Those wishing for the end of the UK non-dom regime now need to face data showing that the decline of non-doms has also hit tax revenues, and those flows may head to countries such as Italy and Ireland.
The number of new non-domiciled taxpayers in the UK plunged by 40
per cent in the tax year ending on 5 April 2021. The data
suggests that this cohort of high net worth individuals is
shrinking even before the system is possibly abolished.
Figures provided by law firm Pinsent Masons showed that the number of non-doms dropped from 14,200 to 8,500.
A UK non-dom is a person who is resident in the UK but does not intend to live in the UK permanently and so, for tax purposes, is not considered to be domiciled in the country.
“Non-doms make a highly valuable contribution to the UK economy
and any substantial falls in their number could have a
significant long-term impact. The government needs to consider
what it may lose by placing their status under threat,” Sophie
Warren, tax investigations expert at Pinsent Masons, said in a
statement about the data.
Warren argues that non-doms bring significant investment and make substantial tax contributions to the UK; data from HMRC shows that non-doms paid £7.9 billion ($9.42 billion) in taxes during the past year. However, in the period following Brexit and non-dom tax reforms which made the UK’s non-dom regime less generous, the amount of tax paid by non-doms fell by £2 billion from £9.65 billion in 2017 to £7.65 billion in 2018.
Already, the regime has drawn political heat, with Labour Party leader and official opposition head Sir Keir Starmer calling for the system, which dates back two centuries, to be scrapped. (Labour is currently ahead of the ruling Conservative Party by a large margin. A general election must be held by December 2024.) Defenders of the system argue that non-doms bring in net revenues to the UK, that it is legitimate for people not to be taxed on worldwide income if it stays where it was sourced rather than being brought into the UK, and that rival jurisdictions such as Italy and Ireland will take the business instead if non-doms leave the UK.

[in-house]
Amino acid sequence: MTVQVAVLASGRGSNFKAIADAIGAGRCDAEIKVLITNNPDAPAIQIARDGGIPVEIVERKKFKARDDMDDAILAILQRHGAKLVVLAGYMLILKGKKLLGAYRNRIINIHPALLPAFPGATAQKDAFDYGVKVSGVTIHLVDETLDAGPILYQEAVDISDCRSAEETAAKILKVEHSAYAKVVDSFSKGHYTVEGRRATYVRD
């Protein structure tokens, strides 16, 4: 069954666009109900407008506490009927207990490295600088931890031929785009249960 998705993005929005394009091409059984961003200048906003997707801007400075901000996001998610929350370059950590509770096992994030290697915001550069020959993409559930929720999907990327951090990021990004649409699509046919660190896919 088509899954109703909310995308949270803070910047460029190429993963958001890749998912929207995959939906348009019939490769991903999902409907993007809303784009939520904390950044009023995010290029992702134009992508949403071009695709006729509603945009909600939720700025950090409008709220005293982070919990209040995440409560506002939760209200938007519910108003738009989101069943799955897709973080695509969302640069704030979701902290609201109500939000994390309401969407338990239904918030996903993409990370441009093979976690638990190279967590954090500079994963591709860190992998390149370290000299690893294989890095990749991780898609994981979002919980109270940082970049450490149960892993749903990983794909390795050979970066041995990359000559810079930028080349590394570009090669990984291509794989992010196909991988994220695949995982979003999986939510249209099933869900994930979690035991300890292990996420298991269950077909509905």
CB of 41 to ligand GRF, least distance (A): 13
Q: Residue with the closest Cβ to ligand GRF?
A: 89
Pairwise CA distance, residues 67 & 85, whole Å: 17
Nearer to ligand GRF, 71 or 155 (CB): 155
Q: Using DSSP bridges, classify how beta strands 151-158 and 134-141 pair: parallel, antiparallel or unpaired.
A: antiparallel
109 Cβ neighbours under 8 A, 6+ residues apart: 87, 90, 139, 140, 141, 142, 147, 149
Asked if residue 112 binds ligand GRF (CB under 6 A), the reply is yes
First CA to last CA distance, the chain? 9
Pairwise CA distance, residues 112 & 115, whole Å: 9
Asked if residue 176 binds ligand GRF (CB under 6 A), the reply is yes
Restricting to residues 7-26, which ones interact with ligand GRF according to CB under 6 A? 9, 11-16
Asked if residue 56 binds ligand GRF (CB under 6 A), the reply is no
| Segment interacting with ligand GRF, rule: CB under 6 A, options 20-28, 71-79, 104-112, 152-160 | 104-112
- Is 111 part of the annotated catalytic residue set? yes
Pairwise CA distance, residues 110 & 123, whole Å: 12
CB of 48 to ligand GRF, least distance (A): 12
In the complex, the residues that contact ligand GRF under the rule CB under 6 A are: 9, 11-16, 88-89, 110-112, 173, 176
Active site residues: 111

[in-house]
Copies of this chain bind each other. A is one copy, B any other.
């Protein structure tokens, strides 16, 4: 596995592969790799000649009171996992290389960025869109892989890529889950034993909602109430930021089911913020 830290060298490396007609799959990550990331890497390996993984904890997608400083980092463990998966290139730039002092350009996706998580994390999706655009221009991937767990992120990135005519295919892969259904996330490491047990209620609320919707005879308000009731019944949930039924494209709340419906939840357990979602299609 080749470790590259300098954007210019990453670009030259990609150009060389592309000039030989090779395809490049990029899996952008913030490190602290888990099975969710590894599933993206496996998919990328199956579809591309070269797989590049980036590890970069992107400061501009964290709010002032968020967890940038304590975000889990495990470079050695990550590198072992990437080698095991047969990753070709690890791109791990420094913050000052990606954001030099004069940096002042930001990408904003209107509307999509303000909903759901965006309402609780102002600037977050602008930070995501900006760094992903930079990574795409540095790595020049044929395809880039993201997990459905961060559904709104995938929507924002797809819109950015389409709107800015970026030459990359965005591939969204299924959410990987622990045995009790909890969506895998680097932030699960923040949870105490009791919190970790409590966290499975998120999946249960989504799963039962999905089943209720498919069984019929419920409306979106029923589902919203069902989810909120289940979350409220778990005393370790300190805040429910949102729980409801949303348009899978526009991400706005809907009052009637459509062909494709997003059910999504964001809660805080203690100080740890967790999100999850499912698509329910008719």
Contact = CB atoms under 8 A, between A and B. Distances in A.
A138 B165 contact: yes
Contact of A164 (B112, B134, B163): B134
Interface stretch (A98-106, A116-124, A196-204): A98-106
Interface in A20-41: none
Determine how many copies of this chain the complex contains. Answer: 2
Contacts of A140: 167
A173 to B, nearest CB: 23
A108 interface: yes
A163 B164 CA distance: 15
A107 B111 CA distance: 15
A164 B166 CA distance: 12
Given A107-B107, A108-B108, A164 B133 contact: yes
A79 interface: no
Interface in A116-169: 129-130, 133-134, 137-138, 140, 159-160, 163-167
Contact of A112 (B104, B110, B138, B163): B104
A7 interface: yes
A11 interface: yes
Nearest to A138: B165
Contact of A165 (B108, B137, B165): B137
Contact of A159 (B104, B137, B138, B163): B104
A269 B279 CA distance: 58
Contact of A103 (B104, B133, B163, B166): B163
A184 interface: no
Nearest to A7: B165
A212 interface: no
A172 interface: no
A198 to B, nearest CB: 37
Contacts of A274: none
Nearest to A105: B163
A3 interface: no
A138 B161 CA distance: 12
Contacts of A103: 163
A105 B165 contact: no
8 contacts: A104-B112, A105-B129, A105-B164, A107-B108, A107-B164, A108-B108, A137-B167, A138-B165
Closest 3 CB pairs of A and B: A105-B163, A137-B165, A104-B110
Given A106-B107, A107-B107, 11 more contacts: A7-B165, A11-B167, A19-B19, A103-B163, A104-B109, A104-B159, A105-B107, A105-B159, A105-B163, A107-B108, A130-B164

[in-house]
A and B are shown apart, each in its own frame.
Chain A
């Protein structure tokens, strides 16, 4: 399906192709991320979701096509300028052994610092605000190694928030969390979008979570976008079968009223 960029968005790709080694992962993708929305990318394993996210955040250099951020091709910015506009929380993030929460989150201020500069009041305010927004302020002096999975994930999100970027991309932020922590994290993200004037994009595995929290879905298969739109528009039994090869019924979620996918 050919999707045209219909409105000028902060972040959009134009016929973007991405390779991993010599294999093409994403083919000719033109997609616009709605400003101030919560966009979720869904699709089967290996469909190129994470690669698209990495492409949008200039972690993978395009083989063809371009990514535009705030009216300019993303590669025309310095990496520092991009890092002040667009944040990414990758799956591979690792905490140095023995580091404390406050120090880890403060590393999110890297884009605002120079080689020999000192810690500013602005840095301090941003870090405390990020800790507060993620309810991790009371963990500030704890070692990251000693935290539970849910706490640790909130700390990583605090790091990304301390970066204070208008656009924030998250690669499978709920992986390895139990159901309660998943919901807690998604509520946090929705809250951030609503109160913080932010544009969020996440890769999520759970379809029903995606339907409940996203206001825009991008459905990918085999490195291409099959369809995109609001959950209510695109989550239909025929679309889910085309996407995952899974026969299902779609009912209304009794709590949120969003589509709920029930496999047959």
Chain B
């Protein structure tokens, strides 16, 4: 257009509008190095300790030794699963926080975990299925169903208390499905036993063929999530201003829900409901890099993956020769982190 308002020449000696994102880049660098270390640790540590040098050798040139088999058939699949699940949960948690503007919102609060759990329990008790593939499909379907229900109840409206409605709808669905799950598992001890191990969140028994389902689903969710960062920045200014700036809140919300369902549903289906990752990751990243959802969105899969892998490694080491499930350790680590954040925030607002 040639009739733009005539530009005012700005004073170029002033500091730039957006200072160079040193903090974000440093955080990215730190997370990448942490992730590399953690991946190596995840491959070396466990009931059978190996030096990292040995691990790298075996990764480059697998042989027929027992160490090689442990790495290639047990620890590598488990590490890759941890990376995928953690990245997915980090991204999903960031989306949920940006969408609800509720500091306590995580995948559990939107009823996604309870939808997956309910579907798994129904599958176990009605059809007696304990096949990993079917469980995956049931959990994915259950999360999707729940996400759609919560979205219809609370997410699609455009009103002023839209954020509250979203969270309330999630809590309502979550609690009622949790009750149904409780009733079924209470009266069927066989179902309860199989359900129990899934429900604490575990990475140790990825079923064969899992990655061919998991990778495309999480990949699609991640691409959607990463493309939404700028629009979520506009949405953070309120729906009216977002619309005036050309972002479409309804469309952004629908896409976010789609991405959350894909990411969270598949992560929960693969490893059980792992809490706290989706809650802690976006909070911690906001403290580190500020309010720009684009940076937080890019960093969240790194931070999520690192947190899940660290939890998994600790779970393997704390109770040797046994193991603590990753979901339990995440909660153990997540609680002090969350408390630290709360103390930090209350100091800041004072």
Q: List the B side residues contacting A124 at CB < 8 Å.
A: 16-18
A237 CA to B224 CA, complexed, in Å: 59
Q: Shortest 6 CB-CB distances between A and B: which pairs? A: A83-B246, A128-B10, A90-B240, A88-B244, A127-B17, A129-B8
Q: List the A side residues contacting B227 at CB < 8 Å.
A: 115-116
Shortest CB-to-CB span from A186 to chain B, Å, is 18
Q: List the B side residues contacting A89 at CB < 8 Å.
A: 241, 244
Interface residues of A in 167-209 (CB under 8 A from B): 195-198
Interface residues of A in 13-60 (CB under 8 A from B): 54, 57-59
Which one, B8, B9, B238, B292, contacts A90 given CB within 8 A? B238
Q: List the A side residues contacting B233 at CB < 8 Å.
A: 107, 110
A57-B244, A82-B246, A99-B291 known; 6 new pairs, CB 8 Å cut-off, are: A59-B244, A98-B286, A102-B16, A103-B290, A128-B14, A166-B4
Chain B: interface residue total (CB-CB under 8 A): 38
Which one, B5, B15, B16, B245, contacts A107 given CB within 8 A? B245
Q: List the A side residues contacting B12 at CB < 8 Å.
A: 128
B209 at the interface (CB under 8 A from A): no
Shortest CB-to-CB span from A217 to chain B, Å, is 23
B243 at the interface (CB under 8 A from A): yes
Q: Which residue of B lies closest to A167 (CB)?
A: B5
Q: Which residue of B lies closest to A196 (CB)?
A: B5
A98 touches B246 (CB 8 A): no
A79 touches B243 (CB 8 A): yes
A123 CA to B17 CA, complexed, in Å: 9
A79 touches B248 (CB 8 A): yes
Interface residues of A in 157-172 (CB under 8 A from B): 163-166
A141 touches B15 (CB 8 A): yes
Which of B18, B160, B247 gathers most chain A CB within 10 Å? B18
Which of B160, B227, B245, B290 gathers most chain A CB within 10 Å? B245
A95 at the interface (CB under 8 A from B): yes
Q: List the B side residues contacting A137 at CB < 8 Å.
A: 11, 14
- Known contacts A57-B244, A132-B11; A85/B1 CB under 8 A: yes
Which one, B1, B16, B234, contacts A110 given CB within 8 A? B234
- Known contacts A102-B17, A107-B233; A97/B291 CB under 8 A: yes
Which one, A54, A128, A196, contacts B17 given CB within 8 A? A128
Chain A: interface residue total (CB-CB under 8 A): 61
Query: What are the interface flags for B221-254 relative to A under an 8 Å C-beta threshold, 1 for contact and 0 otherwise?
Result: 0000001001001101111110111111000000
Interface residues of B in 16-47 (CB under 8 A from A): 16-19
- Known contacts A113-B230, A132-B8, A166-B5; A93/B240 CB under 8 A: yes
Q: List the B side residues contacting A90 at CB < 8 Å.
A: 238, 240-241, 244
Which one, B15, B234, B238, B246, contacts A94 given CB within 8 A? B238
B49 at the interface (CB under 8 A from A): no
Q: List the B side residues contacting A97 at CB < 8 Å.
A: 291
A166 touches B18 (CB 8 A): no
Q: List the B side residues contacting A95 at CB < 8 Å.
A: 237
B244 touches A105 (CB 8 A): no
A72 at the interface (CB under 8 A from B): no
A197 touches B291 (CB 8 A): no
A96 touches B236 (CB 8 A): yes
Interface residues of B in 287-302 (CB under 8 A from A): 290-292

The figures are also a blow to the UK when there are concerns that the government hasn’t sufficiently exploited tax and regulatory divergence from the EU post-Brexit to make living in the UK more attractive to entrepeneurs and wealthy investors. Britain is already paying the highest tax burden since the early 1950s. A narrower tax base could force that up even further.
Among those who have in the past used non-dom status are Russians
– a sensitive point since sanctions were placed on designated
persons last year following Russia’s invasion of Ukraine.
The total number of non-doms in the UK has fallen by 11 per cent to 68,300 in the most recent tax year, down from 76,500 the previous year.
Non-doms pay tax on their UK income and on money they bring into the UK but do not pay tax on other income and capital gains that they make outside of the UK.
“Many non-doms are highly successful entrepreneurs who have established or invested in UK companies. The availability of non-dom status gives the UK a competitive advantage in attracting talented and wealthy individuals. Altering this status now would cause many to consider relocating,” Warren said.
This news service discussed the non-dom system and parallel structures in Europe last year with Stephenson Harwood partner and lawyer James Quarmby in this WEALTH TALK video.
The UK has a territorial tax code, as do most nations other than the US. Income and wealth sourced in the UK, for example, is taxed. Money that stays out of the UK and is not remitted to the country is not taxed (there are some caveats to this). (See this link for more commentary and analysis on the system.)